We pushed the boats away from the beach and into the flow. For a time, river and interstate ran side by side—two worlds, one a monument to humankind’s rush toward the future, the other a testament to the virtues of patience and persistence. After a half mile the river turned south into a wide canyon, and we left behind the noise and bustle of that other world.
Here, time had whittled away the sharp edges of the landscape. Wind and water, its chief agents, had burnished the rock to a smooth, polished surface that glowed deep red and orange in the late afternoon sunlight. In silence we drifted past a cliff face, long and high as an ocean liner, its surface scarred and pitted. Birds had made themselves at home in some of the deeper recesses, streaks of white guano betraying their location, while elsewhere clusters of mud swallow nests clung like barnacles to the undersides of larger overhangs.
Up front of the raft, my daughter and her friend sat, feet dangling in the river, taking in the surroundings and occasionally commenting on some item of passing interest, while from the second boat a hundred yards downstream, snatches of conversation drifted lazily across the water.
I shipped the oars and opened a beer, letting the boat pirouette slowly at the whim of the breeze and current, drifting a quarter mile per rotation. Perhaps it was coincidence, but the natural inclination of the raft was to float with its bow quartered upstream, as if looking back over its shoulder, back from where we had come.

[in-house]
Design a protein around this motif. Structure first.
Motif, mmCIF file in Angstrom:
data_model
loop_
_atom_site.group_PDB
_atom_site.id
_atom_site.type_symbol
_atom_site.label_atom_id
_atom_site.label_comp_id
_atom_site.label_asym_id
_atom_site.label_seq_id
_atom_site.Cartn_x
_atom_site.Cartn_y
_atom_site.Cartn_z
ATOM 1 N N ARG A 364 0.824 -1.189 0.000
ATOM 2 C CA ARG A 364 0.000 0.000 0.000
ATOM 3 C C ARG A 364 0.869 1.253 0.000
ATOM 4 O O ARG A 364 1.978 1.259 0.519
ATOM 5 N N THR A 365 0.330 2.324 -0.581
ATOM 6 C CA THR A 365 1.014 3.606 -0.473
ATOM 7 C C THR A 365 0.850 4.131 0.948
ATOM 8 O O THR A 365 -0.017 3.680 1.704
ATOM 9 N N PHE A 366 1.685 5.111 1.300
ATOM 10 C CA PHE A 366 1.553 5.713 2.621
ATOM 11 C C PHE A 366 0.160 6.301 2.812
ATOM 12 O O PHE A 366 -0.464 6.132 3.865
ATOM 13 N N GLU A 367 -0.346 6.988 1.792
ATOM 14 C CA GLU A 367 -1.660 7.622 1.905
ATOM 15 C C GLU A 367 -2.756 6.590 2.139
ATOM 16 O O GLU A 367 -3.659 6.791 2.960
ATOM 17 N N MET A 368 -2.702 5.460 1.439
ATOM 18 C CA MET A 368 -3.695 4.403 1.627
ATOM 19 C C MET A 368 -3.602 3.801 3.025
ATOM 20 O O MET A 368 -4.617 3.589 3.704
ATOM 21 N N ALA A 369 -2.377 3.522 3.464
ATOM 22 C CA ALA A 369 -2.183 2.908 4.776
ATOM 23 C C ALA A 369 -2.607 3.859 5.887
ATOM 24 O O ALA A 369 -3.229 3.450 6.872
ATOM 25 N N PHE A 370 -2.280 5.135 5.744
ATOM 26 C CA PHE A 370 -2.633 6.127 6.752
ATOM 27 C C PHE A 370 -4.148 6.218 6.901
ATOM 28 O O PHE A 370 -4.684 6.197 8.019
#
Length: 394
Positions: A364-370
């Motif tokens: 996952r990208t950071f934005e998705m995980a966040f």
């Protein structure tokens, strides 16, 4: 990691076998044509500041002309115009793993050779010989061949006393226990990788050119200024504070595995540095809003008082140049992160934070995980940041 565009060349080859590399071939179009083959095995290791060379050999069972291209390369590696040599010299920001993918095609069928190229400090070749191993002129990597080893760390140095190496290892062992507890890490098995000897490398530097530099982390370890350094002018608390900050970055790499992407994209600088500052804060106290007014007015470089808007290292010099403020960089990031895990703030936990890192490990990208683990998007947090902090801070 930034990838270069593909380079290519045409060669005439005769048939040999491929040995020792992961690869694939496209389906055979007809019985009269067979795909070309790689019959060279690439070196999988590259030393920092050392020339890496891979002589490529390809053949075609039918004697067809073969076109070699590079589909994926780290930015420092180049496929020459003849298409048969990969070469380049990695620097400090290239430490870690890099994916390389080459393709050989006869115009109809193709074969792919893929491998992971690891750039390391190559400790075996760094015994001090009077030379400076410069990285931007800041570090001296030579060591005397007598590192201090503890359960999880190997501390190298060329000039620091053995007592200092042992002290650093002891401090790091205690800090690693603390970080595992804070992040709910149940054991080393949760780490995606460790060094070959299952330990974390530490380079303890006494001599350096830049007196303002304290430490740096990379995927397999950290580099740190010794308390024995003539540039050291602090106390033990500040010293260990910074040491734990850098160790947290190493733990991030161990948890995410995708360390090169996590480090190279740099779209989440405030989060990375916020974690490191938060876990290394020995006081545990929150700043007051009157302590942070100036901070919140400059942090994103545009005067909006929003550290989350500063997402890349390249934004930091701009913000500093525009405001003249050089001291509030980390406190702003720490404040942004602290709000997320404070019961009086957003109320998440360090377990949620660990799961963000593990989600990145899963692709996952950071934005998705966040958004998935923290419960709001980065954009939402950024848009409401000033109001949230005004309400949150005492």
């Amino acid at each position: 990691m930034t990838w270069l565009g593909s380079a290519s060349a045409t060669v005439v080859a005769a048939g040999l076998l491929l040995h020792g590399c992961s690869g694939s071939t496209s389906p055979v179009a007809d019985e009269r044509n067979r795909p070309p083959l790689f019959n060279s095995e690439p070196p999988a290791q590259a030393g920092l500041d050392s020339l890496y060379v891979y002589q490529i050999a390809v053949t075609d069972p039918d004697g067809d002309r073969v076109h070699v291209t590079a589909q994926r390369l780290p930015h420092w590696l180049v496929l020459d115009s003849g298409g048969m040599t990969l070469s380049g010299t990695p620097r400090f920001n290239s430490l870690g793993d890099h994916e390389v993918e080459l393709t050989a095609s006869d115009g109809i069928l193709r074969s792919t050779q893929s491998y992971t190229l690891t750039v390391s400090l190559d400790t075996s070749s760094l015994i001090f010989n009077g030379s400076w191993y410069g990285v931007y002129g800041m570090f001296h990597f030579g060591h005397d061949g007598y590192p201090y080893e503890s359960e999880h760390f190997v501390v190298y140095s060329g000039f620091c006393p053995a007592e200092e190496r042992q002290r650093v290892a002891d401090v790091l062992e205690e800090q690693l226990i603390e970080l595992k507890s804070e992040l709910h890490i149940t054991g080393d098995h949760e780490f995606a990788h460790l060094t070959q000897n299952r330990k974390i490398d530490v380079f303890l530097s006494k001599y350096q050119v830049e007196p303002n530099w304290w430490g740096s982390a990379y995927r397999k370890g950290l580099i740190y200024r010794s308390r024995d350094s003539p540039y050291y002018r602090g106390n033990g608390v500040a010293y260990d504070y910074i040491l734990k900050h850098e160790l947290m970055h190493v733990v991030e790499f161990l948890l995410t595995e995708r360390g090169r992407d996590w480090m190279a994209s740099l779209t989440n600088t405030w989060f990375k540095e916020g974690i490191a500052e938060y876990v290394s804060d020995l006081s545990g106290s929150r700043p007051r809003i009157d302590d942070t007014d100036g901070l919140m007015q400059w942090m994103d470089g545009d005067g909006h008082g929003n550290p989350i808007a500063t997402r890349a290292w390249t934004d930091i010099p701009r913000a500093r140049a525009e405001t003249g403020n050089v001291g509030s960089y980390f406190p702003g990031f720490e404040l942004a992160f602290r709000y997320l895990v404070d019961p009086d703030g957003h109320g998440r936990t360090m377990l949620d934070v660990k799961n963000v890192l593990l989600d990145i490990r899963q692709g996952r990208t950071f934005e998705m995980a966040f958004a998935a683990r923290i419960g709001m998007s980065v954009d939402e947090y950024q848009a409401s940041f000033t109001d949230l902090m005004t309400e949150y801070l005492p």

Twenty five years had passed since I’d first, and last, floated this part of the Colorado. Then thirty years old, all my worldly possessions fitted into a back pack. I had a six month visa stamped in my passport and a plane ticket on to London.
It appeared a strange, almost alien landscape to me then — parched, ancient and vast, requiring of its inhabitants a thick skin and a slow metabolism. The river itself was broader and more voluminous than I had previously encountered, and silty red. At night an endless sky would light up in flashes of dry lightning. Most striking of all however, once one sat quietly and listened beyond the murmur of the water and the song of the wren, the chirp of the crickets and the croak of the toads, was a great overarching silence that lay across the landscape like a soft blanket, a silence which, if one paid attention, made mockery of life’s strutting, sound and fury.
I looked again at my daughter, marveling at the miracle of her being, a creation in every measure as confounding and beautiful as that through which we floated. Her presence brought home to me the passage of my own time, the rounding of my own edges, the emergence of my own pits and scars. Mistakes had been made along the way, but looking at her, here and now, how could there be regret?
“Hey My Guy, is it OK if we jump in and swim along next to the boat?” she asked.
“Of course,” I replied. “I was planning on pushing you in at some stage anyway.”
Little by little, first feet then knees then thighs they lowered themselves into the water, finally releasing the raft and floating free, borne along separately, the subtleties of the current pushing each their own way.